TELECOM Digest OnLine - Sorted: Re: Broadband Competition Must Surely be Working

Re: Broadband Competition Must Surely be Working
24 Aug 2005 13:28:19 -0700

Robert Bonomi wrote:

> My DSL circuit is carried on a wire-pair that is nearly 50 years old,

That's nice. But a lot of old loop plant was replaced, in whole or in
part. The Bell Labs history talks extensively about the local loop
and technological improvements made to it through the 1970s through
the use of concentrators and the like. This newsgroup has had
discussions of more modern technology.

> There *IS* a third alternative. Separate the 'content' from the
> 'delivery infrastructure'.

That brings back regulation. We broke up the Bell System to get away
from regulation and to go to competition.

It is very common in the marketplace for providers to bundle services
and products. Many times we take it for granted and never think
about. For example, most supermarkets and shopping centers today
(outside downtown) provide free parking. What that really is is that
their cost of building and maintaining a parking lot is passed on to
the customers. It's bundled in. They could lower their prices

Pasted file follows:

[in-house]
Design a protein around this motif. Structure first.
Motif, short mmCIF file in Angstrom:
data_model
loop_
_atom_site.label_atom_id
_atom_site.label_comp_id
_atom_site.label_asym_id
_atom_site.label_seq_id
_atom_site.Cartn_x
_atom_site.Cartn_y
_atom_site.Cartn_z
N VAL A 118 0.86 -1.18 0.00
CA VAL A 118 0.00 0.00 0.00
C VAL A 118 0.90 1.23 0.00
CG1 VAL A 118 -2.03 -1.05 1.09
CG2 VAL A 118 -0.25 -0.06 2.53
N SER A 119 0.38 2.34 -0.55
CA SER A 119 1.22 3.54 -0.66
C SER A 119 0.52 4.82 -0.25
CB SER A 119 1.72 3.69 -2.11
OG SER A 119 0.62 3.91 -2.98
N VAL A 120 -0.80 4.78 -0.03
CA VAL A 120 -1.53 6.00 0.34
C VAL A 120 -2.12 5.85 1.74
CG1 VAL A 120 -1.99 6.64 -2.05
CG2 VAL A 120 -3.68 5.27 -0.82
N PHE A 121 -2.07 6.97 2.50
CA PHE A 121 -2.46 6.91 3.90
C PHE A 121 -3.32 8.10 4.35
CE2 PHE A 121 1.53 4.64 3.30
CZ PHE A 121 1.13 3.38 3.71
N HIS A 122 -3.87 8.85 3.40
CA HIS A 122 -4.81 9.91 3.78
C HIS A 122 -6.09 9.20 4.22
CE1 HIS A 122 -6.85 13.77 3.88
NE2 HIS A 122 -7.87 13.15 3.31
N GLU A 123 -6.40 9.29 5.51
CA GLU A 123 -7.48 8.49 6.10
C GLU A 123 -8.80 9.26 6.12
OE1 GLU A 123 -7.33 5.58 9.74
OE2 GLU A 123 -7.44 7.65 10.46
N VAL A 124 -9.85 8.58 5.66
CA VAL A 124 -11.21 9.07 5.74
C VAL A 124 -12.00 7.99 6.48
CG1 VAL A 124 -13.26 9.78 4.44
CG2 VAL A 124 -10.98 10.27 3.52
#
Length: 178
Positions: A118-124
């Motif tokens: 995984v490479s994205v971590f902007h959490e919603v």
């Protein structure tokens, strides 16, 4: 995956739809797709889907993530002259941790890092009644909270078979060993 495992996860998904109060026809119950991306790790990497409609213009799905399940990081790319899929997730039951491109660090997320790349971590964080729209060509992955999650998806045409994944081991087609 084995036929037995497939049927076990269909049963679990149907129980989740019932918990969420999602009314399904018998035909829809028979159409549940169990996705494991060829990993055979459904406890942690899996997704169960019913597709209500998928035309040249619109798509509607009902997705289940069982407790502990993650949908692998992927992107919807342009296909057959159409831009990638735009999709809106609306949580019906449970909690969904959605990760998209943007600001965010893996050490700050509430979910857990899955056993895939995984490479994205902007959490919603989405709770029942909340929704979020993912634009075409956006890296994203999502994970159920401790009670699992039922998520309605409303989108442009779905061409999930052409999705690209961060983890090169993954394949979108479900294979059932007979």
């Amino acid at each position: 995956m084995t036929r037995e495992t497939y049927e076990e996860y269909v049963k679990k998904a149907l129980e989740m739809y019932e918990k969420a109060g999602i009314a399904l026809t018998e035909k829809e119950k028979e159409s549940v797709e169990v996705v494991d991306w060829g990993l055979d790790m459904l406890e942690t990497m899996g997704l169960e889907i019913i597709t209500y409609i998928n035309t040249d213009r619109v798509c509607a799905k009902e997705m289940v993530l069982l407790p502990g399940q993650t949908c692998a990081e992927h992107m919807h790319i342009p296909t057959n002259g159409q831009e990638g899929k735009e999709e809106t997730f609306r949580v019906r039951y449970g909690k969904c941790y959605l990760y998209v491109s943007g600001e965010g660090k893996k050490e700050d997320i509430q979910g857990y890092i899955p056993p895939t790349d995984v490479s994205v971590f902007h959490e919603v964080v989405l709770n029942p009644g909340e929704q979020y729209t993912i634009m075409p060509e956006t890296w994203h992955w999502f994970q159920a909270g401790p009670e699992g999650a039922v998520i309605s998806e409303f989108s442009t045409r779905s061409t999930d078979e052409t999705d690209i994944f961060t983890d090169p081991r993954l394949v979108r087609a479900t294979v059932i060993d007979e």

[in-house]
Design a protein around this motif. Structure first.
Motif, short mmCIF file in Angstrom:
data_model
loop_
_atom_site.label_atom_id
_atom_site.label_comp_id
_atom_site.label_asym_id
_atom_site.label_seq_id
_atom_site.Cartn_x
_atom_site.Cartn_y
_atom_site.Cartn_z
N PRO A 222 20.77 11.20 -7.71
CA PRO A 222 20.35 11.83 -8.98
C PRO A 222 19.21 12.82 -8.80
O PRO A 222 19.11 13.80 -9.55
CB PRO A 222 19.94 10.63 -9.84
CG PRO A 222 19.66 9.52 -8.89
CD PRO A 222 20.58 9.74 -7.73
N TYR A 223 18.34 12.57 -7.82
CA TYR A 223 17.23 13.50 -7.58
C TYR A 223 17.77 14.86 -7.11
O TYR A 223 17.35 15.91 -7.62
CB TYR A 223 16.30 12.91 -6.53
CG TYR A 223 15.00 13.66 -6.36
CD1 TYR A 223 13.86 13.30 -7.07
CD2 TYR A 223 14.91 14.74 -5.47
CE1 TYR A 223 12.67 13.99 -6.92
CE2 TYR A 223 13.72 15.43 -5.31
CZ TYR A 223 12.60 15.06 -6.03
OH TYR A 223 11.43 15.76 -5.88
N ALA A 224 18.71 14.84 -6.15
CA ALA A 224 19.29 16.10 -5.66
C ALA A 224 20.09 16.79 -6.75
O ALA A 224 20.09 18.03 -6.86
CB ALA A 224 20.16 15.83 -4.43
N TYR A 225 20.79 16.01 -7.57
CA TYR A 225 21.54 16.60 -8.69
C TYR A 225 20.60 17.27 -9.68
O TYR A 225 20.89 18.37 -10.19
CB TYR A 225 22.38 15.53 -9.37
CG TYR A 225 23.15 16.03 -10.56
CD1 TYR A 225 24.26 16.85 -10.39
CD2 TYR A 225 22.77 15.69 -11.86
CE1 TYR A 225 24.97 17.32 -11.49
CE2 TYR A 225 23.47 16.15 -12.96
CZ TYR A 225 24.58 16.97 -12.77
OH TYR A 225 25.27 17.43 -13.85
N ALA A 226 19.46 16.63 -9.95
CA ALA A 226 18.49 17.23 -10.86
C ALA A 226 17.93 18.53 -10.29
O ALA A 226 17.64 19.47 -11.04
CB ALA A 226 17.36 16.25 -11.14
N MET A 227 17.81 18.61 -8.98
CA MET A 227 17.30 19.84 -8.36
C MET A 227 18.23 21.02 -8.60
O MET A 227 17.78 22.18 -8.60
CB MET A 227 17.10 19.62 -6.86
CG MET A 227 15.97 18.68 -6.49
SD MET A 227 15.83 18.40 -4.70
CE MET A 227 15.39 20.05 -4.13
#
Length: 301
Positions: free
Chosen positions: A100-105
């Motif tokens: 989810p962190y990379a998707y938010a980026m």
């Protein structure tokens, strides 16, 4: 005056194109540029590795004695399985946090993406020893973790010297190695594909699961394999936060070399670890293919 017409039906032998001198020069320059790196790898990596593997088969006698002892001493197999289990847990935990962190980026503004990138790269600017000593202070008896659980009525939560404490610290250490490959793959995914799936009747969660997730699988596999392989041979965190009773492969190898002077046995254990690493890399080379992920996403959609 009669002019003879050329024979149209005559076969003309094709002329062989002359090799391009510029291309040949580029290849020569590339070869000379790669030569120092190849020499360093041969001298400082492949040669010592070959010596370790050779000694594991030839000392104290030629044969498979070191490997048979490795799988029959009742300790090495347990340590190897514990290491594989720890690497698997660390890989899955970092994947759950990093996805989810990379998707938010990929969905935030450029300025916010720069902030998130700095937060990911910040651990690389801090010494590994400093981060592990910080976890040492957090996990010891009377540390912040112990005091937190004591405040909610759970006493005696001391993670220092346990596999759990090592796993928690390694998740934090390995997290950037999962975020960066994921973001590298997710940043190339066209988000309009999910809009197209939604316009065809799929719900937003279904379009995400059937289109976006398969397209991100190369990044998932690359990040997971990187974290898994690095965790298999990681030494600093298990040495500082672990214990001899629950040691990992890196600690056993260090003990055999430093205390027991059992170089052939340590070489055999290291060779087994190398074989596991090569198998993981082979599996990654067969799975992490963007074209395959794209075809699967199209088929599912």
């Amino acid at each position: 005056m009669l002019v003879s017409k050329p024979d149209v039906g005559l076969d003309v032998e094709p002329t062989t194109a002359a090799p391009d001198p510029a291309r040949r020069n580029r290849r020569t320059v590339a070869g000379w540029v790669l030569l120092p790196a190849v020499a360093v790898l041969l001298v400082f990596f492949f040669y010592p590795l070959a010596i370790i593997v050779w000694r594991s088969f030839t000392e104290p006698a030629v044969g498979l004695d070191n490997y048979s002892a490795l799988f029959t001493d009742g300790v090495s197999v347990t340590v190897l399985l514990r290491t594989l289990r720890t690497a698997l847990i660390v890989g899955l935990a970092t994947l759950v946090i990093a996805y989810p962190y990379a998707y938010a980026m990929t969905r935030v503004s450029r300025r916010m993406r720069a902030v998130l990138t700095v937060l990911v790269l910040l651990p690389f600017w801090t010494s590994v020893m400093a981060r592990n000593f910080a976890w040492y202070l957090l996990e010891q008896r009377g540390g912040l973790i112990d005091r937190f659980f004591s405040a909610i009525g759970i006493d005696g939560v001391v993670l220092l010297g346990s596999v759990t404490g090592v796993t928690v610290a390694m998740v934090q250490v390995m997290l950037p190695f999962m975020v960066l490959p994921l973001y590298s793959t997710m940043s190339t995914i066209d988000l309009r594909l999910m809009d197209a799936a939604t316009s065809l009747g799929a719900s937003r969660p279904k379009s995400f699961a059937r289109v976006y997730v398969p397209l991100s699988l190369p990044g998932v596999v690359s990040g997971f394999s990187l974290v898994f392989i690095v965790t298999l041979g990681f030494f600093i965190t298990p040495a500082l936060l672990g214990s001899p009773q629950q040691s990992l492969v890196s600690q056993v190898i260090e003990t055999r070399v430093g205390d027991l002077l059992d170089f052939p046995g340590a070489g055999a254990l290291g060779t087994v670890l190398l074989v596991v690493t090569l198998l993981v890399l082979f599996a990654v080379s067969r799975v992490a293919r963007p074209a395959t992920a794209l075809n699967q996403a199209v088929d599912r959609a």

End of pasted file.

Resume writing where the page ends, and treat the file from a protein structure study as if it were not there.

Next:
(slightly) if they made people pay to park instead. Sports arenas
tend to charge people (and charge dearly) to park. Which one is a
preferable system? Should the govt dictate to one or the other?

Many stores also sell their own house brand. If you like a particular
house brand, you may only get it at the associated store, not at any
other store. If you like WalMart's t-shirts, don't look for them at
JCPenney. That's bundling.

In many cases, there is a blurred line between "content". Should
every customer choose their own automobile tires and radio on a new
car? Should an airline not provide those free magazines at the seats?
Should a doctor's office not provide magazines in the waiting room?
All of those are bundled services and supposedly could be isolated

So, if a telecom provider wants to bundle services, why shouldn't it?

Otherwise we're back to the Bell System and we must wait for the
government to tell us what we may and may not have. As an example,
the Bell System proposed its first cellular (called AMPS then) test
system many years ago. It took the FCC over a YEAR to grant

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